Romani I*, Soukrat S and El Hattaoui M
Department of Cardiology, Morocco
*Corresponding author: Romani I, Department of Cardiology, Morocco
Submission: February 13, 2019Published: March 13, 2019
ISSN 2578-0204Volume3 Issue1
NCD: Non-Communicable Condition; CAD: Coronary Artery Disease; COPD: Chronic Obstructive Pulmonary Disease; CABG: Coronary Bypass Surgery; WHO: World Health Organization
As per the World Health ranking in 2014 Kenya stands 149th in the world in census of coronary artery diseases. 2.74% of the total death. The main cause of death in communicable disease are influenza, HIV/AIDS, diarrhea, malnutrition etc. The age adjusted death rate being 53.61/100,000 population. Kenya is experiencing epidemiological transition in disease burden from infection to non-communicable condition (NCD), which are a major health concern with significant social and economic implication. The increasing coronary artery disease (CAD) may be due to adoption of unhealthy lifestyle (lack of exercise, increase in take of fast food) etc. The major risk factors are: diabetes mellitus, hypertension, smoking, excessive alcohol intake, stress etc.
Cardiovascular disease amount to most of the NCD deaths around the world (17.5 Million annually). NCD in Kenya amount to 27% of the total death, more than 50% of total hospital admission in Kenya. The major NCD being cardiovascular conditions, cancer, diabetes, chronic obstructive pulmonary disease (COPD) and their sequel. A comprehensive study was therefore needed to examine the prevalence and the magnitude of common risk factors for NCDs in Kenya which is useful to the Ministry of Health, different government sectors and county governments to establish interventions that are based on local risk factor burden. Mortality due to CAD in Kenya is between 6.1%-8% while autopsy study suggest it is more than 13%. The risk factors has increased over the last 20 years. Rheumatic Heart disease constitutes a major cause of cardiovascular diseases both in children and adults in Kenya. The annual mortality rate decreased from 19.8% since 1990. Treatment of CAD both medical and surgical in Kenya can save a lot of money for the exchequer as most of the patients travel abroad for the treatment. It is time that we become self-sufficient in treatment of these patients. At Karen Hospital for the 9 months more than 100 open heart surgeries were performed with excellent outcomes. Of all patients, 52 cases were valve replacements while 19 were coronary bypass surgery (CABG) patients. A combine team approach for these NCD can give good outcomes and save money for the government exchequer.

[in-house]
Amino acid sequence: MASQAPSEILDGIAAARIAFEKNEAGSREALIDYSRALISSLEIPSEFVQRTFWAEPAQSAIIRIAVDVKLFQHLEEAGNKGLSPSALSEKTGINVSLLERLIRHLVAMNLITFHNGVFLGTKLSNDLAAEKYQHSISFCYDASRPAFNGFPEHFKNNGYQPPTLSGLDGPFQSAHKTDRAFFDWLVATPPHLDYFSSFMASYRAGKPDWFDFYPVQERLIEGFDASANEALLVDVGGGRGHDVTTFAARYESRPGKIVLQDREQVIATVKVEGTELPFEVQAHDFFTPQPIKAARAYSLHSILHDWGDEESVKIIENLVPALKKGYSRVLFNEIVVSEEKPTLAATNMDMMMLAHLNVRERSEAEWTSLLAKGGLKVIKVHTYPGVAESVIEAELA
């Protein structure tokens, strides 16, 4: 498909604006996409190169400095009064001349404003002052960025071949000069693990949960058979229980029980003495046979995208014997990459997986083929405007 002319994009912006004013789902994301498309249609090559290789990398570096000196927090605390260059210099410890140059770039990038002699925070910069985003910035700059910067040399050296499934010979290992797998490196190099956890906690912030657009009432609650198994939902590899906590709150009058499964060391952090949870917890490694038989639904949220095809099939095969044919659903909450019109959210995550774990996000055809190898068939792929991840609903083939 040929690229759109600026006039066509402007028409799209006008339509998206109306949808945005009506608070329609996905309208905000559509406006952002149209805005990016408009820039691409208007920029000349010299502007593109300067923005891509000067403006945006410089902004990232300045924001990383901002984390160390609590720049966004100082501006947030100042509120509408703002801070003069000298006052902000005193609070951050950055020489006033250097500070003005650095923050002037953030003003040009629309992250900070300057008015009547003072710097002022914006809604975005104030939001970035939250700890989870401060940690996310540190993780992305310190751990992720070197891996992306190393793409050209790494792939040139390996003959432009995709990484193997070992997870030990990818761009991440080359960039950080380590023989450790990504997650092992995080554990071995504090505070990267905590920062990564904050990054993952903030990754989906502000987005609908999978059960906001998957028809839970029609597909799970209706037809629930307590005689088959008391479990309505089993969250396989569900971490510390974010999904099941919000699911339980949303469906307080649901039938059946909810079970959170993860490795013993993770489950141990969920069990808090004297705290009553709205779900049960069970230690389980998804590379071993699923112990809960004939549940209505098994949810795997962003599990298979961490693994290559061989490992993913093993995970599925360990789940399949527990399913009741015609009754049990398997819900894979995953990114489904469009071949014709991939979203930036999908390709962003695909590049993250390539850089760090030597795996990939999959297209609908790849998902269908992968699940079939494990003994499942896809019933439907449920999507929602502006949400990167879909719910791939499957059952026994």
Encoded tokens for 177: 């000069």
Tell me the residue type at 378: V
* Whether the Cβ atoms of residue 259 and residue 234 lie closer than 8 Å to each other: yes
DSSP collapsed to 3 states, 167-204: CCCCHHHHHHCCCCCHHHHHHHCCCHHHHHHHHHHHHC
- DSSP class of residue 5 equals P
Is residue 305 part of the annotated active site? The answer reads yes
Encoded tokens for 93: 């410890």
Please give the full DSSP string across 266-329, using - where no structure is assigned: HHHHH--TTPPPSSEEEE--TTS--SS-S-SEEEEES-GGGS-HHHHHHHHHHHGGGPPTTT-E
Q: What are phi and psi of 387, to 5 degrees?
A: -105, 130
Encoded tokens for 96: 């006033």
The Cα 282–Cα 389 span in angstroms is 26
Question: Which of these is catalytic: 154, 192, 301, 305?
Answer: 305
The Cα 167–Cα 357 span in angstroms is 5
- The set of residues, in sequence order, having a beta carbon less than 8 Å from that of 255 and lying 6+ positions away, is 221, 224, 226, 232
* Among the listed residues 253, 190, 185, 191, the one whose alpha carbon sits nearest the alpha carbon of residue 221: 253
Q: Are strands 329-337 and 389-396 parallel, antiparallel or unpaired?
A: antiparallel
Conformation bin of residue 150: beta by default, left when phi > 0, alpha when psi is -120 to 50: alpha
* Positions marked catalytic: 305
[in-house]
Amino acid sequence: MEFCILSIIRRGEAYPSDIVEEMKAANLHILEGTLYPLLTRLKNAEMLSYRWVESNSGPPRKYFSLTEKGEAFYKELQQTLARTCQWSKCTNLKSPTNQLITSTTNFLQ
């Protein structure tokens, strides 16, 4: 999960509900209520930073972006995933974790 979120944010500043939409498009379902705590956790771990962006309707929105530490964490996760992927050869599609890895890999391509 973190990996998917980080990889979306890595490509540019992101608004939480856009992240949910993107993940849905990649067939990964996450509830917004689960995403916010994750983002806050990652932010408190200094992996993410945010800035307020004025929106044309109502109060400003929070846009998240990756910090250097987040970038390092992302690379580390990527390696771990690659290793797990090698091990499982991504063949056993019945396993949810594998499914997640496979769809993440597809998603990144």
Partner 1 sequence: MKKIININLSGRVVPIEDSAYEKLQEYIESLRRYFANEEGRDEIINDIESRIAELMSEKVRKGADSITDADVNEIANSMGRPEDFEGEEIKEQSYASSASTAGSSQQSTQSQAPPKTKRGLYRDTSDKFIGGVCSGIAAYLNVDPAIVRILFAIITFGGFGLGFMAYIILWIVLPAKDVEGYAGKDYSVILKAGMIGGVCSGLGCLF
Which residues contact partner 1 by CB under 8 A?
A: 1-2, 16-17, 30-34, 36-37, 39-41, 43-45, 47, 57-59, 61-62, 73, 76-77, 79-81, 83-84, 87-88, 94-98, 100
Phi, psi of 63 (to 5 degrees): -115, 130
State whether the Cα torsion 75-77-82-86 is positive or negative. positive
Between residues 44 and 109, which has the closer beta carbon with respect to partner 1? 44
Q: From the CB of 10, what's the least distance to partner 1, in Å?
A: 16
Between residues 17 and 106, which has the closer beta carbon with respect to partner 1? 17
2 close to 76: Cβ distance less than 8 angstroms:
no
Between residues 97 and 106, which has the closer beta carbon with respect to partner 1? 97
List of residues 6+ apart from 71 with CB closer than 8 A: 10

The World Health Organization (WHO) estimates that NCDs will cause 73% of Global deaths and 60% of the burden of disease by 2020. Sixteen million of NCD Deaths occur before the age of 70 with 82% of these “premature” deaths occurred in low- and middle-income countries. Cardiovascular diseases account for most NCD deaths, or 17.5 million people annually, followed by cancers (8.2 million), respiratory diseases (4 million), and diabetes (1.5 million). These 4 groups of diseases account for 82% of all NCD deaths with tobacco use, physical inactivity, harmful use of alcohol and unhealthy diets all increase the risk of dying from an NCD significantly. Besides the burden of deaths and disability, non-communicable diseases pose a greater social and economic burden to the economy. NCDs threaten progress in the post-2015 development agenda as poverty is closely linked with NCDs. The rapid rise in NCDs is predicted to impede poverty reduction initiatives in low-income countries, particularly by increasing household costs associated with health care. Vulnerable and socially disadvantaged people get sicker and die sooner with NCDs than people of higher social positions.
© 2019 Premanand Ponoth. This is an open access article distributed under the terms of the Creative Commons Attribution License , which permits unrestricted use, distribution, and build upon your work non-commercially.